Kefir also contains another powerful compound found only in this probiotic drink, an insoluble polysaccharide called ‘kefiran’, which has been shown to have antimicrobial properties to, for example, fight infection due to the ‘candida’ fungus, according to these experts.

“The best way to include kefir in the weekly diet is in breakfast, ‘mid-morning’ meals and snacks, alone or with fruit,” they recommend.

Spinach, “green” force against infection

Spinach are green leafy vegetables, rich in copper, iron and zinc. They are great allies of our immune system, according to Imeo nutritionists, who advise eating them as a garnish at lunch and dinner, accompanying some lean meat or oily fish, raw or as a complement to salads, to make the most of their nutritional potential.

These experts emphasize that the popularly called “Popeye’s vegetable” contains “abundant nutrients, while providing few calories. It can be an alternative to salad lettuce and our recommendation is to include it regularly in a varied and healthy diet».

For this reason you should eat broccoli

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Broccoli is considered a “superfood”, since it has a high nutritional value and low calories, despite the fact that some reject it because of its strong smell, something normal in foods belonging to the cabbage family.

Rubén Bravo, dietitian expert in nutrition and gastronomy, from the European Medical Institute of Obesity, IMEO (, explains that this cruciferous vegetable has a large amount of vitamins, minerals, amino acids and specific phytonutrients, highlighting vitamin A , of group B and C, and is also rich in selenium, calcium, potassium, carotenes, amino acids and fiber.

According to Bravo there is a notorious scientific evidence that allows to affirm that its consumption “helps reduce the probability of suffering colon cancer due to its high content of selenium”, although it could also be a therapeutic alternative when suffering from this cancer, since it has been demonstrated efficacy of some of its compounds in the elimination of cancer cells.

Also including broccoli on a regular basis in our diet “can help us in weight loss plans because of its high fiber and protein content, since it provides a lot of satiety and regulates blood sugar levels.”

“Broccoli also has an important antioxidant action, being an ally against premature aging, and helps prevent cardiovascular diseases such as hypertension and hypercholesterolemia”, Bravo highlights.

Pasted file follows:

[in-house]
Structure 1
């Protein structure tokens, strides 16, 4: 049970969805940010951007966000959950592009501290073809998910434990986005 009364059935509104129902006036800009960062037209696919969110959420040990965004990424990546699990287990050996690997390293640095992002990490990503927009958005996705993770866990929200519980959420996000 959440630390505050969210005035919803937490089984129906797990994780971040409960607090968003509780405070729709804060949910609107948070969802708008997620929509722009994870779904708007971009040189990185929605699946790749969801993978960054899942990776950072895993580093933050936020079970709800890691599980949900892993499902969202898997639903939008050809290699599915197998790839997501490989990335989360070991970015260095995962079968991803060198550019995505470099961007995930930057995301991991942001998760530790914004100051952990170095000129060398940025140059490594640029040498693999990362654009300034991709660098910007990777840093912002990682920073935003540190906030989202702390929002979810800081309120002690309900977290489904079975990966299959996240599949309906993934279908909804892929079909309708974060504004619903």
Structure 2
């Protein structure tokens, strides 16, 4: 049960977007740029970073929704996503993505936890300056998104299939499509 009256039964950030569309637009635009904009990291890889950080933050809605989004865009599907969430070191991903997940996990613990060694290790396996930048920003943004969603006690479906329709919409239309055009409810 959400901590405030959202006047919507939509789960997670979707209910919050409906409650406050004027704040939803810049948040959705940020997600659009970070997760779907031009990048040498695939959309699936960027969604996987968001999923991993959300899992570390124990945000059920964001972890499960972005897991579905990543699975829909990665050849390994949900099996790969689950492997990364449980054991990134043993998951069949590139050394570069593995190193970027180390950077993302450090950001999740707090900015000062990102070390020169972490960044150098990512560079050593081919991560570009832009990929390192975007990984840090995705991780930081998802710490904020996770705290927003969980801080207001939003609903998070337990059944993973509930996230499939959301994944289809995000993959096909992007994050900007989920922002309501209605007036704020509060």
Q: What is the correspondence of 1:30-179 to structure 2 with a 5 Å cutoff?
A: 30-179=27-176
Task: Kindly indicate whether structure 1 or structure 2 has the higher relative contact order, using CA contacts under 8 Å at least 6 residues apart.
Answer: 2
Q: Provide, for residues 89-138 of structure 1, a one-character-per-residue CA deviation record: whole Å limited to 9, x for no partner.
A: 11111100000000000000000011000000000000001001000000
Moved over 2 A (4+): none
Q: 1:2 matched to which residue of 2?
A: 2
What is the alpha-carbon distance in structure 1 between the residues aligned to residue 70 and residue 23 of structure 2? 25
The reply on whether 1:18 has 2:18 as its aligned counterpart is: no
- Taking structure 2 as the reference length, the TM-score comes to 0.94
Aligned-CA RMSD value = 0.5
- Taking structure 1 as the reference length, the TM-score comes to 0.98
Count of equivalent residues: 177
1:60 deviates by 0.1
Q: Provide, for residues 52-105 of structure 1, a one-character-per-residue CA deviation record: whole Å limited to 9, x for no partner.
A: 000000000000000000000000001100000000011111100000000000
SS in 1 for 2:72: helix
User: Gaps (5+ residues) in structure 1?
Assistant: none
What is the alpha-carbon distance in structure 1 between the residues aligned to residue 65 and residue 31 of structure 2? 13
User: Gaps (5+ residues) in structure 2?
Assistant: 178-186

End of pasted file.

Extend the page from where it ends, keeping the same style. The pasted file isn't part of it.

This vegetable contains a chemical substance that can help suppress the development of tumors, according to a team of researchers from the Harvard University School of Medicine, in the USA.

Experts at this university have linked a compound called I3C, which is found in broccoli, Brussels sprouts, and other cruciferous vegetables, with the activity of one of the body’s most powerful tumor suppressor genes.

The study says that indole-3-carbinol or I3C is involved in a complex chemical chain reaction that helps rid a tumor suppressor gene of interference so it can do its job.

This work also highlights the “chemical warfare” that takes place within the body as it fights to prevent tumors from developing, even as diseased tissues themselves struggle to grow and spread throughout the body.

The research came from the laboratory of researcher Pier Paolo Pandolfi of the Beth Israel Deaconess Medical Center, BIDMC, in Boston, Massachusetts (USA) and the Cancer Research Institute (CRI), who is exploring the anti-cancer properties of crucifers, a family of vegetables, which in addition to broccoli, include Brussels sprouts, cabbage, cauliflower and kale.

Crucifers contain chemicals called glucosinolates, responsible for the pungent aroma and bitter taste of these vegetables, which, during meal preparation and, when chewing and digesting them, break down into other compounds such as isothiocyanates, thiocyanates and indoles, according to the National Cancer Institute, of the US National Institutes of Health (NIH).

Indole-3-carbinol (an indole) and sulforaphane (an isothiocyanate) are frequently studied for their anticancer effects, and in studies with laboratory animals indoles and isothiocyanates have been found to inhibit cancer formation in various organs, among them: the bladder, breasts, colon, liver, lungs and stomach, according to the NIH.

Studies of these substances in humans have yielded more moderate results, finding some evidence that people who maintain a high consumption of cruciferous plants may have a lower risk of developing cancers of the prostate, colorectal (in women), lung and breast, according to this same source.